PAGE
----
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Police wearing a face masks to protect against coronavirus, detain a protester during an unsanctioned protest in Almaty, Kazakhstan, Saturday, June 6, 2020. © 2020 AP Photo/Vladimir Tretyakov

Update: On June 22, an Almaty court convicted political activist Alnur Ilyashev of “disseminating knowingly false information.” While he was not given a custodial sentence, for a period of 3 years, he has restrictions on his freedom of movement that include being required to regularly register with the police and not change residence. He was also sentenced to 100 hours of community service annually for the duration of his sentence and banned from participating in civic activities for five years.

(Berlin) – Kazakh authorities should release an activist arrested for knocking off a police officer’s hat during a protest and drop criminal charges brought against her, Human Rights Watch said today.

On June 8, 2020, Kazakh police arrested the activist, Asya Tulesova, 36, two days after she angrily confronted officers who were manhandling and detaining protesters, including older people, at an unsanctioned, but peaceful June 6 rally in Almaty, Kazakhstan’s largest city. In doing so, she knocked off a police officer’s hat. On June 10, a court authorized holding her in pretrial detention for 10 days on charges of “insulting a police officer” and “violence against the police,” which carries a maximum three-year sentence.

“Locking up Aysa Tulesova on the basis of these disproportionate charges is gross overreach on the part of both the police and the courts,” said Mihra Rittmann, senior Central Asia researcher at Human Rights Watch. “Restricting peaceful rallies and pursuing criminal sanctions against Tulesova shows Kazakhstan’s repressive face when responding to peaceful protest.”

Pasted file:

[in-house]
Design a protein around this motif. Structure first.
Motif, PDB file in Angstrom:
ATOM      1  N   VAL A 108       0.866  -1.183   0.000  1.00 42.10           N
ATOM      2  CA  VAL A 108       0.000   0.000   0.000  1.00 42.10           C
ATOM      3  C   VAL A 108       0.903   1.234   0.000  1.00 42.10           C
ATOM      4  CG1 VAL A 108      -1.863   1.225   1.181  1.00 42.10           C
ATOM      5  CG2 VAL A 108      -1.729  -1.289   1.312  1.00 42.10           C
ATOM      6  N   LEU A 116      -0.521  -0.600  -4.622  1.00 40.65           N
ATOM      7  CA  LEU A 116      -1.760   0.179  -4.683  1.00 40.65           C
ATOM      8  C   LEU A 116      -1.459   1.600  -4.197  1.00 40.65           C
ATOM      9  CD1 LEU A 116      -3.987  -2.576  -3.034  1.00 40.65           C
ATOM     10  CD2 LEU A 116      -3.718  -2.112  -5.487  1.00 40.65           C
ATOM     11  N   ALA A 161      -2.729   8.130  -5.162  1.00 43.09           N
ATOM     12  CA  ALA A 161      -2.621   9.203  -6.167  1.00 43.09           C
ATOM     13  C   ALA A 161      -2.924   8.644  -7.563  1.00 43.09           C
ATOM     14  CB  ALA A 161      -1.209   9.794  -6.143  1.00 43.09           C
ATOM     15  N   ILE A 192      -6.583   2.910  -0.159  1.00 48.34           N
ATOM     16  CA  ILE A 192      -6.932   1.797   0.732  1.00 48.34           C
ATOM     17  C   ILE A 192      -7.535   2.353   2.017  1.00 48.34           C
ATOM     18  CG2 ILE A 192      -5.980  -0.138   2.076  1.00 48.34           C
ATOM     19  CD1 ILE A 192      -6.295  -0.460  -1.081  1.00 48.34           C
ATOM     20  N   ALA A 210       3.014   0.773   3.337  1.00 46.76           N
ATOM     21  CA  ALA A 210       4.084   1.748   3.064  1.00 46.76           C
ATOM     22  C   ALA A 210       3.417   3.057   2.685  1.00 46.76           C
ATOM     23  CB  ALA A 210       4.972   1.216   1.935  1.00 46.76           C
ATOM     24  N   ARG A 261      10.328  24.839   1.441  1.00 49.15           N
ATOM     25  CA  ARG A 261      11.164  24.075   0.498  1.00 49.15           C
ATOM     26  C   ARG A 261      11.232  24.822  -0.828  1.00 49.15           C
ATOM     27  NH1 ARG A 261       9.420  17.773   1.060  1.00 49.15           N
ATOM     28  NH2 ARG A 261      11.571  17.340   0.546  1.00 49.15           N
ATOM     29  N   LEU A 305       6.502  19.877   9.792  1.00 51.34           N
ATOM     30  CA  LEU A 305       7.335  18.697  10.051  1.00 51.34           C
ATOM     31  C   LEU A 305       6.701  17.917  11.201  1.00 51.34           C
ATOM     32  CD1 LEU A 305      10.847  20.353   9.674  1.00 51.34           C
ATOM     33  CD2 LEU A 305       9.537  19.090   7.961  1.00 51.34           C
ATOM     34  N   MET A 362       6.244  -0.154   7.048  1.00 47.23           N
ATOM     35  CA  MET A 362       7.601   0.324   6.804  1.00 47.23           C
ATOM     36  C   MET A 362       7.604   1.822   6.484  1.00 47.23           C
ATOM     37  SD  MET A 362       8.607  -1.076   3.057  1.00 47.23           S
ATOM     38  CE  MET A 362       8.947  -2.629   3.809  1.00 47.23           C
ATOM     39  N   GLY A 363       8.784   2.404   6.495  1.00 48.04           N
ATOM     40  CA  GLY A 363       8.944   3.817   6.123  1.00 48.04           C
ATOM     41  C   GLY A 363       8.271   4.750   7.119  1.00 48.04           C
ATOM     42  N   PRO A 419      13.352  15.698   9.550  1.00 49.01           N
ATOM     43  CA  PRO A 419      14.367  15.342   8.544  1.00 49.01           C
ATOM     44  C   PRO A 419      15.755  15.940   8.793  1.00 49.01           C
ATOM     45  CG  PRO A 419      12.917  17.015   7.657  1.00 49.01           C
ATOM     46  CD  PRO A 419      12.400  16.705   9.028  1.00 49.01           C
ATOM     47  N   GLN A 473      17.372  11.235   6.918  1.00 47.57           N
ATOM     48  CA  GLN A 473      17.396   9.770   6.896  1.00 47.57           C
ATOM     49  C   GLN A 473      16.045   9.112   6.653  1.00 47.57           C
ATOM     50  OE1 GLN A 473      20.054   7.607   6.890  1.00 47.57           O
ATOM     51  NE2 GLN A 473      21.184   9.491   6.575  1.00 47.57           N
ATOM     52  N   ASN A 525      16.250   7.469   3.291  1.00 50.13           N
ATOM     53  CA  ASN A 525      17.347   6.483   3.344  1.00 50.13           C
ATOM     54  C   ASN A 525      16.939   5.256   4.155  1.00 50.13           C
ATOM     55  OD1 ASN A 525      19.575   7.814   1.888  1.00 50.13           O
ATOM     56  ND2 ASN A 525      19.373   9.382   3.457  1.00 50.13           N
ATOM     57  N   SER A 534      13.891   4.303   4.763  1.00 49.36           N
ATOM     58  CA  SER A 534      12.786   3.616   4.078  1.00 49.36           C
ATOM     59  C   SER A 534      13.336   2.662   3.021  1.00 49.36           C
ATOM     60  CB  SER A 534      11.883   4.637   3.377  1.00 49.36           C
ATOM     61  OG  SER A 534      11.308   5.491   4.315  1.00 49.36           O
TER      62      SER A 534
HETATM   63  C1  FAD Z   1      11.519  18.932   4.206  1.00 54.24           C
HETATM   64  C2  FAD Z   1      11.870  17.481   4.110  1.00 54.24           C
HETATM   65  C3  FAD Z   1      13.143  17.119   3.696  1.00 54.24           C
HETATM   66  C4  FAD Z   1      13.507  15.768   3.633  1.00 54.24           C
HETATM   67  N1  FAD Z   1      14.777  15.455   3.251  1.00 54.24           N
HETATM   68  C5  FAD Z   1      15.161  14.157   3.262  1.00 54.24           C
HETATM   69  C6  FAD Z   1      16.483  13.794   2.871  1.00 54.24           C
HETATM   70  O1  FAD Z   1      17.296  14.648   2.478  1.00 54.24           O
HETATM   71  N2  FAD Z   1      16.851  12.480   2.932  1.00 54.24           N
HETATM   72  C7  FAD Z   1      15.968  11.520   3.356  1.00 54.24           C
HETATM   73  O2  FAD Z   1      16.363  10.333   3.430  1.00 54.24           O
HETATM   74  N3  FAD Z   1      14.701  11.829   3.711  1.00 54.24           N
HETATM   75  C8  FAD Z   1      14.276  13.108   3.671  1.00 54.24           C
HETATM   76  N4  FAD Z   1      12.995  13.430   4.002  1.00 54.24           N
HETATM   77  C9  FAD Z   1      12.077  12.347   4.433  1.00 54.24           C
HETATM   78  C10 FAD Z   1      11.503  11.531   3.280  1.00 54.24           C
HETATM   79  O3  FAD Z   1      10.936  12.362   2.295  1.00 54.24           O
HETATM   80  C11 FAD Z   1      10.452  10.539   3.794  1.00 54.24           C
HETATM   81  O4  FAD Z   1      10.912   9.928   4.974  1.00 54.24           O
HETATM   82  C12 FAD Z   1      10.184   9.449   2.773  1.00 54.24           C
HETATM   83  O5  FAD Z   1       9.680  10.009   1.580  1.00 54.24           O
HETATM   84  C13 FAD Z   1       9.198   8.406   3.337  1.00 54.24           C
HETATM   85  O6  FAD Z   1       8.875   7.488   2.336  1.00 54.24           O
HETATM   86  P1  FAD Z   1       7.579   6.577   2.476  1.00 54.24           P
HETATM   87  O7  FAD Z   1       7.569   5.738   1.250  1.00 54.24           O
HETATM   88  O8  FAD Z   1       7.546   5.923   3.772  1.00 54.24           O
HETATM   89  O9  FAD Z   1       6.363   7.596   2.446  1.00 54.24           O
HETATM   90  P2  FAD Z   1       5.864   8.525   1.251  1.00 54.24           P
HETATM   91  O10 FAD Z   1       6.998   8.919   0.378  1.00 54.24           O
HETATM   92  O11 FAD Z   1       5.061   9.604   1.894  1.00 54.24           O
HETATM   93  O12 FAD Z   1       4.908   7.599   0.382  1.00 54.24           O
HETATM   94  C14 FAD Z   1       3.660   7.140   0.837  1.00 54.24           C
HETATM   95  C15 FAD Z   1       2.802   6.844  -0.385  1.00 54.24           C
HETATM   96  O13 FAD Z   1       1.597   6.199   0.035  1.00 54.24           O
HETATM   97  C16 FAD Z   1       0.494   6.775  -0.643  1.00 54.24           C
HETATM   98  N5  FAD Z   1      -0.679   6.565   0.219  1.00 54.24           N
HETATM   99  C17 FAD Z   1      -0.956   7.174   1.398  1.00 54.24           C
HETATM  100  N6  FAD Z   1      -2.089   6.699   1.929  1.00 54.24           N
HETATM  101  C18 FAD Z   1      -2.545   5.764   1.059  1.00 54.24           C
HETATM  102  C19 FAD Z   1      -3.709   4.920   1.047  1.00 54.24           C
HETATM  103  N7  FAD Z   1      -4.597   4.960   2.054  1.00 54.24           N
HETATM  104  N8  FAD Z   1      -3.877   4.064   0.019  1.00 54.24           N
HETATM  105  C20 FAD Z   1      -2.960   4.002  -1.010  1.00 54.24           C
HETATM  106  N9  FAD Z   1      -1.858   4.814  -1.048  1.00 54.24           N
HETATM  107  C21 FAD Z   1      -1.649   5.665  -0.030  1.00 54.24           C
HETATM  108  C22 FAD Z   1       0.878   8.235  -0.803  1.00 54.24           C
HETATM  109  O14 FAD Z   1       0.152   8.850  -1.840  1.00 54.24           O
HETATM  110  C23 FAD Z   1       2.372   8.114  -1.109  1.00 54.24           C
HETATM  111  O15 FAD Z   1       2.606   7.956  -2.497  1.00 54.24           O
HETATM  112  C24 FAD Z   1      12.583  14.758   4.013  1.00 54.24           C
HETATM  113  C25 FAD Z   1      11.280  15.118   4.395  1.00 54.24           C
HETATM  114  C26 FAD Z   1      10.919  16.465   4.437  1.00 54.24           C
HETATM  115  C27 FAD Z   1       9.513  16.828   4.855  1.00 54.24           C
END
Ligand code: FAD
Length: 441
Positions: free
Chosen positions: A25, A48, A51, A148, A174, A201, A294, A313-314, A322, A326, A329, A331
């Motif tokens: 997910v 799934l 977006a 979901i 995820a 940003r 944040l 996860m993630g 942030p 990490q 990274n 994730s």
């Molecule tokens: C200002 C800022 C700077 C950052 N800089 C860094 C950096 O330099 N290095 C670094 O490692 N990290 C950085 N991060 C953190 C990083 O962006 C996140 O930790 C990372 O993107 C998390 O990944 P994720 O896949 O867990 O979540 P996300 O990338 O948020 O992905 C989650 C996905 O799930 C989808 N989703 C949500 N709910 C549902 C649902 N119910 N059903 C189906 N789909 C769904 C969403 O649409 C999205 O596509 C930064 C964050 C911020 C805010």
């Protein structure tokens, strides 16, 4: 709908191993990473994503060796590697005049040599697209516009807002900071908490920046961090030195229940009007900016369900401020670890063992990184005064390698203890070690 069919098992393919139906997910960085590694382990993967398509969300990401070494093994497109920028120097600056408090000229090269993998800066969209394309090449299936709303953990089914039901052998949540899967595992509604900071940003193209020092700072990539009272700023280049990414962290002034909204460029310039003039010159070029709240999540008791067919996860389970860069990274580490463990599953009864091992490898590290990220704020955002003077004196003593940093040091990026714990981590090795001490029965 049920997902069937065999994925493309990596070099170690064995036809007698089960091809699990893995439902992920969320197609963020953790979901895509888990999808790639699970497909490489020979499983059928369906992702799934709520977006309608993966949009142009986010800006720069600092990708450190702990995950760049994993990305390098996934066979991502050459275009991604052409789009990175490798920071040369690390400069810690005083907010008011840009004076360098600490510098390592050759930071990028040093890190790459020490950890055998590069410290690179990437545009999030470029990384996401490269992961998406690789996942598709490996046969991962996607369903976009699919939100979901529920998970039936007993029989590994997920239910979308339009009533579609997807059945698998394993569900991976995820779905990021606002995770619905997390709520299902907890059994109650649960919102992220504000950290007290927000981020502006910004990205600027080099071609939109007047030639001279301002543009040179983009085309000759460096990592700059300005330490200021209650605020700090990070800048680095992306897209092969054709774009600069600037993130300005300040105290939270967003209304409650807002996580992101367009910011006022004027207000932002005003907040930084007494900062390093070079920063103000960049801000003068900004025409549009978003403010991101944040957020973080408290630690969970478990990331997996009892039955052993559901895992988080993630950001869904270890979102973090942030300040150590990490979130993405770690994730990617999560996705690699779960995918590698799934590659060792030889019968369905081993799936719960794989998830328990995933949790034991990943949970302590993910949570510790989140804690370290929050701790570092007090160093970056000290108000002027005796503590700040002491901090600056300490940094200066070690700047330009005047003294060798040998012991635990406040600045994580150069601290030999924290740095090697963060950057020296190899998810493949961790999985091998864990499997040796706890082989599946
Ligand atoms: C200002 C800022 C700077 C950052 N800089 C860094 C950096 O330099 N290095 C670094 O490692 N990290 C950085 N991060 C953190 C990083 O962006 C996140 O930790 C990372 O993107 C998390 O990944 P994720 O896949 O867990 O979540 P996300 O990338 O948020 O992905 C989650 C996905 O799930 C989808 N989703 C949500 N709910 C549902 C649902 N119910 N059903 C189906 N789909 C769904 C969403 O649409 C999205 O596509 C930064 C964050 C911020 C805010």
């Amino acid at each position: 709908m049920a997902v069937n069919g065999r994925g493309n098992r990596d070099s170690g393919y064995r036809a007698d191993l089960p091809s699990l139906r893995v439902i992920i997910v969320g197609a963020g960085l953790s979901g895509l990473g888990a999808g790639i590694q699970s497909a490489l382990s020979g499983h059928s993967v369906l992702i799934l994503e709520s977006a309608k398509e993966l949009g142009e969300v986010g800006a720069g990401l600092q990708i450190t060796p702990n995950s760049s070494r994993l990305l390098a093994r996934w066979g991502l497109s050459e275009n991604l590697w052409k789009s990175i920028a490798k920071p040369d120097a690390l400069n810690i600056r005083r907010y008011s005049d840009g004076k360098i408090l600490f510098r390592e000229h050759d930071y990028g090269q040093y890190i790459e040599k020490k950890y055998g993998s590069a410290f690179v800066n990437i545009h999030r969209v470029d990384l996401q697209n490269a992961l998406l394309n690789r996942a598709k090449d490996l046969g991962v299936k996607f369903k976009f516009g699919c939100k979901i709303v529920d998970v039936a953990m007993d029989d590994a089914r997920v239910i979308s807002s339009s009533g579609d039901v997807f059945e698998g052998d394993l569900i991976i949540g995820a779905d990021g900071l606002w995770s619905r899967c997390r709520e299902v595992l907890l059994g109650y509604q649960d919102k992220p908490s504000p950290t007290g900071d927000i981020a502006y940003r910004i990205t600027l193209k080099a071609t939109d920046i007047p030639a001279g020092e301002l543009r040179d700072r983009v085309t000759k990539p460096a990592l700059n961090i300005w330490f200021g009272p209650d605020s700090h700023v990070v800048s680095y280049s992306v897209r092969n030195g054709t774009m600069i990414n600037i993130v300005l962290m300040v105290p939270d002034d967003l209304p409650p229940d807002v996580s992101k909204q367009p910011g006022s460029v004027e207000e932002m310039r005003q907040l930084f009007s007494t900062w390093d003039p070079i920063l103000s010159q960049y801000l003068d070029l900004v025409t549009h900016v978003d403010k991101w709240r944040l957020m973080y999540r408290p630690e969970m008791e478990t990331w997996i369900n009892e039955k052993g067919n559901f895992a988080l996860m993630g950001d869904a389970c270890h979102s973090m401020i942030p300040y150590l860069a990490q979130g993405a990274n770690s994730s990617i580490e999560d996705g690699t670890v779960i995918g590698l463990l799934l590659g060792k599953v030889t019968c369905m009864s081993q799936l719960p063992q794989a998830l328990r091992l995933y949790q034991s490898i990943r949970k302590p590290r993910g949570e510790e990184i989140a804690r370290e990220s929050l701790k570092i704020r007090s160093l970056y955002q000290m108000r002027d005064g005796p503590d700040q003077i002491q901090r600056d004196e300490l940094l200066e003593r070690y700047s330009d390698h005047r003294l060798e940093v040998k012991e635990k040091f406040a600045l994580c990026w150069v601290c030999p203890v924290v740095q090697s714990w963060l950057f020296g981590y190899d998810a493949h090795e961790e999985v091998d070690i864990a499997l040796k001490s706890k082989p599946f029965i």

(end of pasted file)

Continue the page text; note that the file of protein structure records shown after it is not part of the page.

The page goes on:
Unsanctioned protests took place in cities across Kazakhstan on June 6 in response to separate calls from two opposition groups for nationwide peaceful gatherings. The two groups are the unregistered Democratic Party, and the exiled Democratic Movement of Kazakhstan (DVK), which has been declared “extremist” and banned in Kazakhstan. Protesters expressed various demands, including a ban on leasing land to foreign companies and the release of political prisoners, such as Max Bokaev, a human rights defender imprisoned for peacefully protesting proposed land code amendments in 2016.

Video recordings from June 6 show police aggressively breaking up protests, grabbing people by their arms and legs and hauling them to police vehicles. The Ministry of Internal Affairs reported that police detained 53 people in Almaty.

Tulesova said in a post uploaded to her Facebook page on June 8, “I acted in an emotional outburst in response to, as I consider it, the inhumane, cruel, and unlawful treatment of police against peaceful unarmed citizens.”

Police twice detained Tulesova on June 6 along with other protesters but released her each time after some hours. They summoned Tulesova for questioning the evening of June 8 and arrested her on criminal charges of “insulting a police officer” and “violence against the police.”